Vitamin D: Good for Winter Blues

Vitamin D is almost a wonder vitamin. It comes from sunlight, seafood, and mushrooms and is known to lower cancer rates, help heal bone fractures, reduce diabetes and heart disease symptoms. Take vitamin D if you are anxious and depressed. If you don’t go outdoors much during any time of the year you are probably part of the 75 percent of Americans who don’t get enough vitamin D.

You might think it is easier to just take a supplement. These are effective, but they are costly and can be contaminated with heavy metals. Dutch researchers have printed studies that give you the answer ” “ go outside even when it is cold.

Getting Vitamin D

Researchers in clinical studies tested fifty-five adults between 18 and 65 with artificial light sources containing ultraviolet radiation or UV rays. By sitting under a heat or UV light in their underwear for up to 10 minutes vitamin D levels increased. Sounds productive, but sitting around under lights in your underwear might not be the best answer.   Doesn”t matter if it is winter, the sun is still shinning. Make the most of sun exposure in the winter by:

  • Allowing the sun to shin on as much of your skin as you can.
  • Go out when the sun is at its highest point in your locality
  • Watch the color in your skin. If you have been in the cold sunny air for a bit and your skin turns pink, you have had enough sun and cold exposure.  

Living in an artic area and standing out in the cold might not be the best way to get your daily dose of vitamin D. Try supplements. Your body does not absorb vitamin D from supplements as well or quickly as it does from the sun, so you will need to take higher doses. Try a 600 IU supplement and gradually increase up to 800 IU. Make sure you purchase supplements that are certified by the US Pharmacopeia or   Purchase vitamin D from a verified health food stores. Be careful you don”t purchase cheap but contaminated vitamin D supplements.

Pros and Cons of Vitamin D

Cons against vitamin D are listed:

  • Won”t cure the common cold
  • Doesn”t reduce cholesterol short or long term
  • Knee pain is still prevalent in osteoarthritis
  • You children will not do better in school
  • Bone fractures will still happen
  • COPD is not cured  

Research has proven that there are definite pros to taking the sunshine vitamin. Some of these are:

  • Blood pressure reduces in African Americans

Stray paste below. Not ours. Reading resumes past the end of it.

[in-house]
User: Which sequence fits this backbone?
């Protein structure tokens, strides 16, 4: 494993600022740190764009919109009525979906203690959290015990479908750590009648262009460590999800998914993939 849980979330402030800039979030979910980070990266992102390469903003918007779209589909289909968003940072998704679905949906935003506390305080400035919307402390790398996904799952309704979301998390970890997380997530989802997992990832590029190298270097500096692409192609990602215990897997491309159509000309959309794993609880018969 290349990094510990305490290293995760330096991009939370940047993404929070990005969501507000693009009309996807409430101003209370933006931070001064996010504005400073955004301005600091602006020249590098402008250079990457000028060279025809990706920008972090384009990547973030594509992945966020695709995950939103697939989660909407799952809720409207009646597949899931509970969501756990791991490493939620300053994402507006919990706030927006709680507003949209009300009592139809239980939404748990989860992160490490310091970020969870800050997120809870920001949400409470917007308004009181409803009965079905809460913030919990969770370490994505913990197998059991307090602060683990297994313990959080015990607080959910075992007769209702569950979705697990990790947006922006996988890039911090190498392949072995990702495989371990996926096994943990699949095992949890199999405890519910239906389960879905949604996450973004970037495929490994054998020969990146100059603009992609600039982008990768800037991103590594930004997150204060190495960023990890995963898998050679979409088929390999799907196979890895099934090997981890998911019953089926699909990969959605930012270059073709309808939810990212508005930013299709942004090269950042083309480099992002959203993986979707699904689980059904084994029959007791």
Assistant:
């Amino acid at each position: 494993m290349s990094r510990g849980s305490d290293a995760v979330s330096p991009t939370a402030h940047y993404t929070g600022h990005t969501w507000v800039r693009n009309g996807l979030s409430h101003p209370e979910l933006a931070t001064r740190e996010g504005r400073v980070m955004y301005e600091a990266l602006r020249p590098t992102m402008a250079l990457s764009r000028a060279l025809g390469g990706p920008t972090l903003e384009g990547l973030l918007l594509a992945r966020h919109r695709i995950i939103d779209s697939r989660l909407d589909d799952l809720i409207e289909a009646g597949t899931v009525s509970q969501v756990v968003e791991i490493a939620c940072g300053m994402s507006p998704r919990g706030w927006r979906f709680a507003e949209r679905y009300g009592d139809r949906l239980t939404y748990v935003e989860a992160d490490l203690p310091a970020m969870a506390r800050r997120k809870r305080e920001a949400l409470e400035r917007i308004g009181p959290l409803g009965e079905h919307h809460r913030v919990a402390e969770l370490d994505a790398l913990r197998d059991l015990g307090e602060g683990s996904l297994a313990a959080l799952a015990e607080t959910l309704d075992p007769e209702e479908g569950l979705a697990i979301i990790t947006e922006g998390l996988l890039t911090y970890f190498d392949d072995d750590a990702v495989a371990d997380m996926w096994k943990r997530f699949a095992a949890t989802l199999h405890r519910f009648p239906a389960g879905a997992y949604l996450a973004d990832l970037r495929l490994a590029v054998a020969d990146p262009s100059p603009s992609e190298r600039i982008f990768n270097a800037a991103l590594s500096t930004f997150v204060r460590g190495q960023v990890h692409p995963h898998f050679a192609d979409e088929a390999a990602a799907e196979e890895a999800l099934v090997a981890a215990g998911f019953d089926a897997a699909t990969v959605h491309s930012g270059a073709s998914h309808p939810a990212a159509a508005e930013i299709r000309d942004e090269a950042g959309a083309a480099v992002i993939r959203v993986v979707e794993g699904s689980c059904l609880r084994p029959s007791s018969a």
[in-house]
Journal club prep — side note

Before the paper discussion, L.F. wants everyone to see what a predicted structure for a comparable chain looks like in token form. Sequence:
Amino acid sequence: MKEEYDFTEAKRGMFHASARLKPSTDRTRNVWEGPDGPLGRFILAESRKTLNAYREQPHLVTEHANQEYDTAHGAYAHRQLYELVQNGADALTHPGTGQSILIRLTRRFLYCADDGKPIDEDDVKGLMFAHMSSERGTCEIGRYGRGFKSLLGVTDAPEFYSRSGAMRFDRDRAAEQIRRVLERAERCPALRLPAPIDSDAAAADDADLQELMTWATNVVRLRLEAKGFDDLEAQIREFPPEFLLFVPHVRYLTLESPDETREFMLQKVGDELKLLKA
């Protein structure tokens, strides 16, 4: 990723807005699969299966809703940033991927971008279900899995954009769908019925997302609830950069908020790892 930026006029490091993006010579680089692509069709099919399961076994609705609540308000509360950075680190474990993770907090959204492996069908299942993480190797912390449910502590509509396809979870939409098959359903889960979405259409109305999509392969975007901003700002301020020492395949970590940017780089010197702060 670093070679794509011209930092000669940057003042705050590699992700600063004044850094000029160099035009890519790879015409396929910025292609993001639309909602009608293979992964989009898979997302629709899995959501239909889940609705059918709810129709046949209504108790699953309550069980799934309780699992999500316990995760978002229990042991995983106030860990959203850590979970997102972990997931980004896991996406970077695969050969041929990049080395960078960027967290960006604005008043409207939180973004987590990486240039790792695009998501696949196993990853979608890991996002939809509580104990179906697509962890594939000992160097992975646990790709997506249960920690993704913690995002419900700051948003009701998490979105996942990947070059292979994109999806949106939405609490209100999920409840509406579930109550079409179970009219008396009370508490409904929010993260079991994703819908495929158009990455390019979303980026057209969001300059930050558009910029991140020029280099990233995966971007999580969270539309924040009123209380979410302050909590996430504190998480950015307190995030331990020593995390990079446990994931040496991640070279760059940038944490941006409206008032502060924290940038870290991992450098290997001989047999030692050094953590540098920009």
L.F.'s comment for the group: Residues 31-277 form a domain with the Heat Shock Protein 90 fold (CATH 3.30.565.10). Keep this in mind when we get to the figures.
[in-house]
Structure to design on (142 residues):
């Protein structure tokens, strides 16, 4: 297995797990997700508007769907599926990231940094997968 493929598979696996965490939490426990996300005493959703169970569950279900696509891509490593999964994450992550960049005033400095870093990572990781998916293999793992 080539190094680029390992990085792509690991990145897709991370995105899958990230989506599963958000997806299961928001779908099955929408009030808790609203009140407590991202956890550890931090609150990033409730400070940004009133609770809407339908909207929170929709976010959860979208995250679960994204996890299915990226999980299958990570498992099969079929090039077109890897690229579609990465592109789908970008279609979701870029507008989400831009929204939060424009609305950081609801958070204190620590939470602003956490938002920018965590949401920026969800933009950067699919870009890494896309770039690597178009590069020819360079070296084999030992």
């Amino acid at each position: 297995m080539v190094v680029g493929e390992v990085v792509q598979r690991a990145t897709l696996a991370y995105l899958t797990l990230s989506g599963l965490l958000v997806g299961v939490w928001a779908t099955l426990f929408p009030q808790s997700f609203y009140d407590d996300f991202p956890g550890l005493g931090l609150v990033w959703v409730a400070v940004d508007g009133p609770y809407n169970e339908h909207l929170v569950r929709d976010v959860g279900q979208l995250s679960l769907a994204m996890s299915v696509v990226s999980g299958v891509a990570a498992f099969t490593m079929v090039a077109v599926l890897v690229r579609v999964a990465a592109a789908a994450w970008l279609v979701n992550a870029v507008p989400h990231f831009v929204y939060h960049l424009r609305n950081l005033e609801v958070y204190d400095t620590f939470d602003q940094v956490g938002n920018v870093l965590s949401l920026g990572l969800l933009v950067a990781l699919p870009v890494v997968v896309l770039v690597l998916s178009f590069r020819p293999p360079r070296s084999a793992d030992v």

• Decreases osteoporosis
  • Maintains longevity for seniors
  • Protects against heart disease and strokes
  • Helps prevent brain and memory decline
  • Eases symptoms in multiple sclerosis patients  

Your body needs vitamin D to help with the absorption of calcium that forms healthy bones and teeth. The body converts vitamin D into a hormone to provide help for many body systems and organs. Keep up your normal dosage of vitamin D to prevent Alzheimer”s disease and augment cognitive functioning.

Have bad teeth? Vitamin D helps prevent tooth decay. Try taking vitamin D supplements or cod liver oil for an almost 50% reduction in tooth decay. (More studies need to be finalized on this benefit.)

Take vitamin D to help prevent colon, breast and prostate cancers. Studies have shown that those with high vitamin D levels have a lower incidence of these distressing cancers. Whether or not it is the supplements or a healthy diet and active lifestyle needs to be proven. The bottom line: if you eat healthy and exercise, your body will find the necessary vitamin D supplements it needs.

Vitamin D has been proven to reduce the inflammation in lungs of those who are stricken with TB.

Vitamin D deficiencies have been linked with multiple sclerosis. MS is an autoimmune disease where the immune system attacks the body”s own tissues. Vitamin D may help to prevent the body”s rejection and lessen the symptoms of multiple sclerosis.

In an Australian study, women who have low amounts of vitamin D in their blood streams are at risk for gestational diabetes, preeclampsia and low birth weight in their babies. Vitamin D deficiencies are not the only causes of these problems, but it does contribute.

Before starting a vitamin D plan, talk with your doctor to determine what amount is best for you. If you are obese, have dark skin or use sunscreen that interferes with vitamin D production in the skin you may have deficiencies. Do have a vitamin D blood test done every year to determine if you are deficient. Supplements are great, but even in winter you need to run outside for a bit. Make sure, however, you are adequately covered.


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